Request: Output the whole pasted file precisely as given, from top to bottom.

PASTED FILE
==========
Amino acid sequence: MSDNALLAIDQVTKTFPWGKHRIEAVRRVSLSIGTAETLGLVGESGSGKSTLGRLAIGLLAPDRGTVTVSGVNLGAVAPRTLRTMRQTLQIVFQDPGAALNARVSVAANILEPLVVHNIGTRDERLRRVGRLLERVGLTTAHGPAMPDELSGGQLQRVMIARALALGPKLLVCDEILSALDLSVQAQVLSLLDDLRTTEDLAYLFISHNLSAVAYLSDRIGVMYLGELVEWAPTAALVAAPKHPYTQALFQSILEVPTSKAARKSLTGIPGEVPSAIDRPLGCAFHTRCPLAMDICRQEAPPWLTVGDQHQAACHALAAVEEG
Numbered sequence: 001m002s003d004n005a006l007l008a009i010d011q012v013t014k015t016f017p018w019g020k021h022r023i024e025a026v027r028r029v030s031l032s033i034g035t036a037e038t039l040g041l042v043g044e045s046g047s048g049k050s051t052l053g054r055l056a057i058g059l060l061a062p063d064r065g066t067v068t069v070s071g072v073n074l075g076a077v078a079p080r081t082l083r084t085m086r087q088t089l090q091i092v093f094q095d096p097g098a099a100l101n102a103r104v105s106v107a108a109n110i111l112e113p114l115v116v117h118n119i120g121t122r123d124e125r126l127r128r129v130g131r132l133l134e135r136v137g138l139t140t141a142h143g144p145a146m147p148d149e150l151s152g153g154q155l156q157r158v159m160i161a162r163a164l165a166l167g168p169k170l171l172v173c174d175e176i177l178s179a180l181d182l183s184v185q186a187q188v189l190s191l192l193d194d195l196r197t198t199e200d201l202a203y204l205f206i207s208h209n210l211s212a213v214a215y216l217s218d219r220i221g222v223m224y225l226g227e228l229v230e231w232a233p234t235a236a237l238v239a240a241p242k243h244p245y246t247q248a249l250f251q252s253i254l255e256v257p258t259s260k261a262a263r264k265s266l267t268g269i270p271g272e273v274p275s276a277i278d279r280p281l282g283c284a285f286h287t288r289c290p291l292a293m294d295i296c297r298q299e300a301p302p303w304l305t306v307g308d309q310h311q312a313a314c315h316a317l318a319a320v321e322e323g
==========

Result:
Amino acid sequence: MSDNALLAIDQVTKTFPWGKHRIEAVRRVSLSIGTAETLGLVGESGSGKSTLGRLAIGLLAPDRGTVTVSGVNLGAVAPRTLRTMRQTLQIVFQDPGAALNARVSVAANILEPLVVHNIGTRDERLRRVGRLLERVGLTTAHGPAMPDELSGGQLQRVMIARALALGPKLLVCDEILSALDLSVQAQVLSLLDDLRTTEDLAYLFISHNLSAVAYLSDRIGVMYLGELVEWAPTAALVAAPKHPYTQALFQSILEVPTSKAARKSLTGIPGEVPSAIDRPLGCAFHTRCPLAMDICRQEAPPWLTVGDQHQAACHALAAVEEG
Numbered sequence: 001m002s003d004n005a006l007l008a009i010d011q012v013t014k015t016f017p018w019g020k021h022r023i024e025a026v027r028r029v030s031l032s033i034g035t036a037e038t039l040g041l042v043g044e045s046g047s048g049k050s051t052l053g054r055l056a057i058g059l060l061a062p063d064r065g066t067v068t069v070s071g072v073n074l075g076a077v078a079p080r081t082l083r084t085m086r087q088t089l090q091i092v093f094q095d096p097g098a099a100l101n102a103r104v105s106v107a108a109n110i111l112e113p114l115v116v117h118n119i120g121t122r123d124e125r126l127r128r129v130g131r132l133l134e135r136v137g138l139t140t141a142h143g144p145a146m147p148d149e150l151s152g153g154q155l156q157r158v159m160i161a162r163a164l165a166l167g168p169k170l171l172v173c174d175e176i177l178s179a180l181d182l183s184v185q186a187q188v189l190s191l192l193d194d195l196r197t198t199e200d201l202a203y204l205f206i207s208h209n210l211s212a213v214a215y216l217s218d219r220i221g222v223m224y225l226g227e228l229v230e231w232a233p234t235a236a237l238v239a240a241p242k243h244p245y246t247q248a249l250f251q252s253i254l255e256v257p258t259s260k261a262a263r264k265s266l267t268g269i270p271g272e273v274p275s276a277i278d279r280p281l282g283c284a285f286h287t288r289c290p291l292a293m294d295i296c297r298q299e300a301p302p303w304l305t306v307g308d309q310h311q312a313a314c315h316a317l318a319a320v321e322e323g